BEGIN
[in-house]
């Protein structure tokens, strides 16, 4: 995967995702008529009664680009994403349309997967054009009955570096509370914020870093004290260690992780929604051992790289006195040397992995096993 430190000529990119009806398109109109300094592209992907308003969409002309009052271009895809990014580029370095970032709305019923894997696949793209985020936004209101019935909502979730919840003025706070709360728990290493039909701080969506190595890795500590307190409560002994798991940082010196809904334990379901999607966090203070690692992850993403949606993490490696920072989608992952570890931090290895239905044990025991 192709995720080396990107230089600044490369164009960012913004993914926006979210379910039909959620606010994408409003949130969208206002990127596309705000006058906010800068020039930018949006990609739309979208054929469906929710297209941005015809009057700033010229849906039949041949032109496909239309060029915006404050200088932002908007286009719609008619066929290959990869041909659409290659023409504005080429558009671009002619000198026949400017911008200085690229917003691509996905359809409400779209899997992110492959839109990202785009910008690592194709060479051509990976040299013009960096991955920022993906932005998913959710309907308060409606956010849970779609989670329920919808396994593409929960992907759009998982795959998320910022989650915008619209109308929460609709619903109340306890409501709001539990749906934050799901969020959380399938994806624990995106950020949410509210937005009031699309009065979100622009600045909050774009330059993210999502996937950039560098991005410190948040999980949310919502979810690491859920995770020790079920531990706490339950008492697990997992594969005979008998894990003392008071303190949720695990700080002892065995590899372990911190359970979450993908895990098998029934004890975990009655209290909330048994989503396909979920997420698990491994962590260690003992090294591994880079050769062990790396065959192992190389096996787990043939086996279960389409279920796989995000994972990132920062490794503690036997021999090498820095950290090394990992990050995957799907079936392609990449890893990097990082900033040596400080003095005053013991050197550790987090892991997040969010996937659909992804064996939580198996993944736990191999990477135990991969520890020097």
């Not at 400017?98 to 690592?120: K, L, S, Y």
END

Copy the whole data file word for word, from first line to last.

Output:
[in-house]
């Protein structure tokens, strides 16, 4: 995967995702008529009664680009994403349309997967054009009955570096509370914020870093004290260690992780929604051992790289006195040397992995096993 430190000529990119009806398109109109300094592209992907308003969409002309009052271009895809990014580029370095970032709305019923894997696949793209985020936004209101019935909502979730919840003025706070709360728990290493039909701080969506190595890795500590307190409560002994798991940082010196809904334990379901999607966090203070690692992850993403949606993490490696920072989608992952570890931090290895239905044990025991 192709995720080396990107230089600044490369164009960012913004993914926006979210379910039909959620606010994408409003949130969208206002990127596309705000006058906010800068020039930018949006990609739309979208054929469906929710297209941005015809009057700033010229849906039949041949032109496909239309060029915006404050200088932002908007286009719609008619066929290959990869041909659409290659023409504005080429558009671009002619000198026949400017911008200085690229917003691509996905359809409400779209899997992110492959839109990202785009910008690592194709060479051509990976040299013009960096991955920022993906932005998913959710309907308060409606956010849970779609989670329920919808396994593409929960992907759009998982795959998320910022989650915008619209109308929460609709619903109340306890409501709001539990749906934050799901969020959380399938994806624990995106950020949410509210937005009031699309009065979100622009600045909050774009330059993210999502996937950039560098991005410190948040999980949310919502979810690491859920995770020790079920531990706490339950008492697990997992594969005979008998894990003392008071303190949720695990700080002892065995590899372990911190359970979450993908895990098998029934004890975990009655209290909330048994989503396909979920997420698990491994962590260690003992090294591994880079050769062990790396065959192992190389096996787990043939086996279960389409279920796989995000994972990132920062490794503690036997021999090498820095950290090394990992990050995957799907079936392609990449890893990097990082900033040596400080003095005053013991050197550790987090892991997040969010996937659909992804064996939580198996993944736990191999990477135990991969520890020097």
């Not at 400017?98 to 690592?120: K, L, S, Y």